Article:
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Executive Summary
 
Introduction
 
The Context: State Budgeting and Higher Education's Vulnerability
 
The Continuing Battle to Sustain Current Support for Higher Education
 
Recent Experience: The Recession of the Early 1990s
 
What's Different?
 
Unprecedented Enrollment Growth
 
The Tuition Conundrum
 
Student Support
 
Concluding Observation
 
References
 
About the National Center for Public Policy and Higher Education
 

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Page 10 of 12

Concluding Observation


The current recession coincides with the third great wave of college enrollments. The first was the G.I.s after World War II; then their children, the baby boomers. The current cohort includes many who, like the G.I.s, will be the first in their family to seek college admission. This generation of students will be the most racially and ethnically heterogeneous--and the poorest--ever to seek higher education. And these students arrive at a time when postsecondary education and training are essential for full participation in the civic, economic, and social life of America--for, if you will, participation in middle-class life.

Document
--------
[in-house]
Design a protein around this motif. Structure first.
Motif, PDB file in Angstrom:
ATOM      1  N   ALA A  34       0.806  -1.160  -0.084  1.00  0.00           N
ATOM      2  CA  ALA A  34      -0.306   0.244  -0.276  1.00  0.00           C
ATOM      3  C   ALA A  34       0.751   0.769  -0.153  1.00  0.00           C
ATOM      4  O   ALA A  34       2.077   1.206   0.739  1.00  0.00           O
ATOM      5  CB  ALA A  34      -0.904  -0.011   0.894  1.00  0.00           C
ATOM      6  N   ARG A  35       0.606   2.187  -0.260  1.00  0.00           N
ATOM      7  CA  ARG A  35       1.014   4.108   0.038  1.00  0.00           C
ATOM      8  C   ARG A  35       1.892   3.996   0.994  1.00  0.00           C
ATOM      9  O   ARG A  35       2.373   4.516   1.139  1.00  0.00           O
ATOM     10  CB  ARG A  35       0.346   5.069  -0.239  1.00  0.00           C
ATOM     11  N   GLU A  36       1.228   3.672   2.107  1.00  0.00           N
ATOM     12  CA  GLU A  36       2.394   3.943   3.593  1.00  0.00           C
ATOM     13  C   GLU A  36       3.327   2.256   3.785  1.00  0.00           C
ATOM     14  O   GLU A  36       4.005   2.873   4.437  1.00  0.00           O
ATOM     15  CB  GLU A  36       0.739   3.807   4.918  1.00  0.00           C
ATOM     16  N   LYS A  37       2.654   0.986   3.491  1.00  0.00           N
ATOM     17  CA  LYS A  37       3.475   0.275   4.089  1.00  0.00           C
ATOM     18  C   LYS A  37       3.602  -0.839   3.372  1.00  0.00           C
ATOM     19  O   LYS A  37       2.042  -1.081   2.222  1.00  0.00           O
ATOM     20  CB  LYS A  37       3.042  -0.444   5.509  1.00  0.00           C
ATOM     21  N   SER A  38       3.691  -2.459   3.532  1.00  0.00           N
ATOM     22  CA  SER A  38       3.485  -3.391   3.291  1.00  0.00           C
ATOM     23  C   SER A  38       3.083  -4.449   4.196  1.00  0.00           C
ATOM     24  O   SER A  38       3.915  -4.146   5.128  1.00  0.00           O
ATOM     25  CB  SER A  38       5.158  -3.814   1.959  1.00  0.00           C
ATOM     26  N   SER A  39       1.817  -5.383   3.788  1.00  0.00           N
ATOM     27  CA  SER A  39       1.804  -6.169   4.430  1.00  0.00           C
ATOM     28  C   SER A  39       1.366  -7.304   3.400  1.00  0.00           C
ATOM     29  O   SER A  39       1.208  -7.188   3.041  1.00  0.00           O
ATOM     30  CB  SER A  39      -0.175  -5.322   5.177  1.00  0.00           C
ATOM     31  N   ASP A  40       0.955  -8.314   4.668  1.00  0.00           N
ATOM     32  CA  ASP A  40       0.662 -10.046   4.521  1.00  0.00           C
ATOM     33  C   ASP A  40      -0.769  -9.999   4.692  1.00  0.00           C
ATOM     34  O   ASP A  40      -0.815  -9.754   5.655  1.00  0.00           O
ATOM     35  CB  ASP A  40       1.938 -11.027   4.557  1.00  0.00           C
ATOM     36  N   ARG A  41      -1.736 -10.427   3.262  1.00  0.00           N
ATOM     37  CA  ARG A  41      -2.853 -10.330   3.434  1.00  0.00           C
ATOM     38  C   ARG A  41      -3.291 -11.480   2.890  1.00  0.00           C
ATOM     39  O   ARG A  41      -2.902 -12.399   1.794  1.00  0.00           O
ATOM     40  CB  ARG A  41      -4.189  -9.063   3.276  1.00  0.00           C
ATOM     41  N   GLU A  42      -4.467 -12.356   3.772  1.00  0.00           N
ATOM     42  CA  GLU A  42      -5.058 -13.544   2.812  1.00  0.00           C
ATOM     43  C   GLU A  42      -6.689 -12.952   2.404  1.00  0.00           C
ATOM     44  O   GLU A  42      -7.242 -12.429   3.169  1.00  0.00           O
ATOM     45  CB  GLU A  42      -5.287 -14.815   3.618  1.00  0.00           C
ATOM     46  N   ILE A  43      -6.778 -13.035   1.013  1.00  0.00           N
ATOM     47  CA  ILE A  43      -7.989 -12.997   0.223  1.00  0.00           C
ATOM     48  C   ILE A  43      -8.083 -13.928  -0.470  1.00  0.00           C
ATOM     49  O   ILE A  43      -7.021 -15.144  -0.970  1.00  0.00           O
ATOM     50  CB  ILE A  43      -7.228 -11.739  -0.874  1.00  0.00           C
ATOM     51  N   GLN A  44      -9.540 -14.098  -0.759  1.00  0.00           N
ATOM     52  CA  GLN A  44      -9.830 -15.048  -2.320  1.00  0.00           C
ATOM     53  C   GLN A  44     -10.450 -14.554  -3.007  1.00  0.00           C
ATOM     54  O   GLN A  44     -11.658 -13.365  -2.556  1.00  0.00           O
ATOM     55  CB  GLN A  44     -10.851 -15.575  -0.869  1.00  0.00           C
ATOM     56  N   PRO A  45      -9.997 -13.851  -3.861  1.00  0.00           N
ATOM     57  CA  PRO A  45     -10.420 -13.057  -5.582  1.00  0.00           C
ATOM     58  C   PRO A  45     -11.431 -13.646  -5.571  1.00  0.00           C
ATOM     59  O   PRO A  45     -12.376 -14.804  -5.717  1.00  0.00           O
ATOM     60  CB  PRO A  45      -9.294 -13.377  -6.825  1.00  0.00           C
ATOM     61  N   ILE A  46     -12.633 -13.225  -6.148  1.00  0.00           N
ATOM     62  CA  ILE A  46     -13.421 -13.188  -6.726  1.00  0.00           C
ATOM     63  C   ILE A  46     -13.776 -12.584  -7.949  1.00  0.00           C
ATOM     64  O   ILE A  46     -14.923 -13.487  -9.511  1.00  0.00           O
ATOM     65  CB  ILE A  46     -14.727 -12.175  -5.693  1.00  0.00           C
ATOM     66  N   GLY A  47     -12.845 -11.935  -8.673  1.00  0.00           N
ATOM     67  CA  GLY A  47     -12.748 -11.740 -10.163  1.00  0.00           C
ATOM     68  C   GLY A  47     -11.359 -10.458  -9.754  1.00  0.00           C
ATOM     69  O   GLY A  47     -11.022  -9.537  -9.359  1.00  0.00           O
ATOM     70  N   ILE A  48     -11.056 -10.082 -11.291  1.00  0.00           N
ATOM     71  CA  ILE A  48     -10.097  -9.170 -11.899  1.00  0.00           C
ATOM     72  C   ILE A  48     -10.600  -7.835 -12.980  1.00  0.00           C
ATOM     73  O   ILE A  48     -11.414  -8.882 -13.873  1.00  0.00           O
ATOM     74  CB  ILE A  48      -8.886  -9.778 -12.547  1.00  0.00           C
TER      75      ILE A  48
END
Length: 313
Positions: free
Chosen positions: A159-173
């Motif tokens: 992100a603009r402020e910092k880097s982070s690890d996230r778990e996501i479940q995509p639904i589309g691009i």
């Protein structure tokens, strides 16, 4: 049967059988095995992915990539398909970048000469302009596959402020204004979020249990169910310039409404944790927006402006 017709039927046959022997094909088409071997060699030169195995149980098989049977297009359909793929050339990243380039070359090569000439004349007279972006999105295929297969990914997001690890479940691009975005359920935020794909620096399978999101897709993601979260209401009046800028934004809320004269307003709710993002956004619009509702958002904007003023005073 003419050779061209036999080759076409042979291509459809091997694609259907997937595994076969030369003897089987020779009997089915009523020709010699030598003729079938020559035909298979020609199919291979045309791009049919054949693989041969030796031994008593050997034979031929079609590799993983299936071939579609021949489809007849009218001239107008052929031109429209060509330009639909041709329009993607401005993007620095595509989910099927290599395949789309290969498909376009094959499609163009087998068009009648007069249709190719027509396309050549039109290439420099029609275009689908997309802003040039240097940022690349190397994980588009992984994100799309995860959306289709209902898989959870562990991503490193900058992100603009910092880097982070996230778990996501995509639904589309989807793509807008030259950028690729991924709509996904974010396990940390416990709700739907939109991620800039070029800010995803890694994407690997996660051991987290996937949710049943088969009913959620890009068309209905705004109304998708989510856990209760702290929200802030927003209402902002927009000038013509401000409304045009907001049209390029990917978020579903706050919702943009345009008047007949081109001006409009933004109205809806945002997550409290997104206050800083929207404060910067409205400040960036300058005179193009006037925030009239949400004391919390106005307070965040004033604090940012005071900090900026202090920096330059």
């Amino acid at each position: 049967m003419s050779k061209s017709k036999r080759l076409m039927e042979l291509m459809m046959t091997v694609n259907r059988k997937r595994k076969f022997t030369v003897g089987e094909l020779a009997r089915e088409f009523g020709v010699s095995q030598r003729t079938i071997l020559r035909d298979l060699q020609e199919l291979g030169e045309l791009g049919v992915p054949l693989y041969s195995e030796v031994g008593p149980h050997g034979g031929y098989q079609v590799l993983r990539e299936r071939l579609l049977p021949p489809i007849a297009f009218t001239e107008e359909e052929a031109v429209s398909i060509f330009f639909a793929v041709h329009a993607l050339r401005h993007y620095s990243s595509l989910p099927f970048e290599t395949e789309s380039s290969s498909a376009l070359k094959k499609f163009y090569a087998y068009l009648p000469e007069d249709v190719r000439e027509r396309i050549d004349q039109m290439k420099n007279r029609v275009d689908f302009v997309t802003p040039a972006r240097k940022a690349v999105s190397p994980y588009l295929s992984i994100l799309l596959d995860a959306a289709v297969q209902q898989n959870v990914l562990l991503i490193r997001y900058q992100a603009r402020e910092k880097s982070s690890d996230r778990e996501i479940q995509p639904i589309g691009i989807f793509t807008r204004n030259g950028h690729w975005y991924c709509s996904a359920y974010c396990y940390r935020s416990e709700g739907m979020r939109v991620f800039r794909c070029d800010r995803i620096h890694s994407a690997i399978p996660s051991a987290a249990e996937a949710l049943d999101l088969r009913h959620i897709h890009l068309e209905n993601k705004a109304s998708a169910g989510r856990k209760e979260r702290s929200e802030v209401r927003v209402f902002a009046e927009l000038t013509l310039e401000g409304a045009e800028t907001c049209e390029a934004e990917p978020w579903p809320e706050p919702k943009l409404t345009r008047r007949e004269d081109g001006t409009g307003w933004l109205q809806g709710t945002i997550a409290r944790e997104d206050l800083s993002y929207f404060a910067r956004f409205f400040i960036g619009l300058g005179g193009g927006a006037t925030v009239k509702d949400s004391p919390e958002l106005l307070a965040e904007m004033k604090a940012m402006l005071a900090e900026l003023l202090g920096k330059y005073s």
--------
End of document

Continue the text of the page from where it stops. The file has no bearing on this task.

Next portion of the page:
It will require extraordinary effort on the part of states and colleges and universities to meet the needs of these students, even if the economy avoids a major, prolonged recession. The public policy initiatives of the 1990s did not position the states to meet the demands of the coming decade. Some initiatives--merit aid for students of affluent families, tax credits that exclude low-income Americans--may come to be remembered as public policy's contribution to "irrational exuberance."

Nevertheless, the assets that states and their colleges and universities bring to this new era should not be underestimated. Unlike the 1960s, most of the capacity to accommodate the new enrollments already exists. The financial condition of public higher education is generally strong. Public confidence in the enterprise is high. Recession will test our nation's values and priorities. What will the states and the colleges choose to protect during a time of difficult choices? College has become the gateway to full participation in American life, and the stakes in maintaining and enhancing college opportunity have never been greater.

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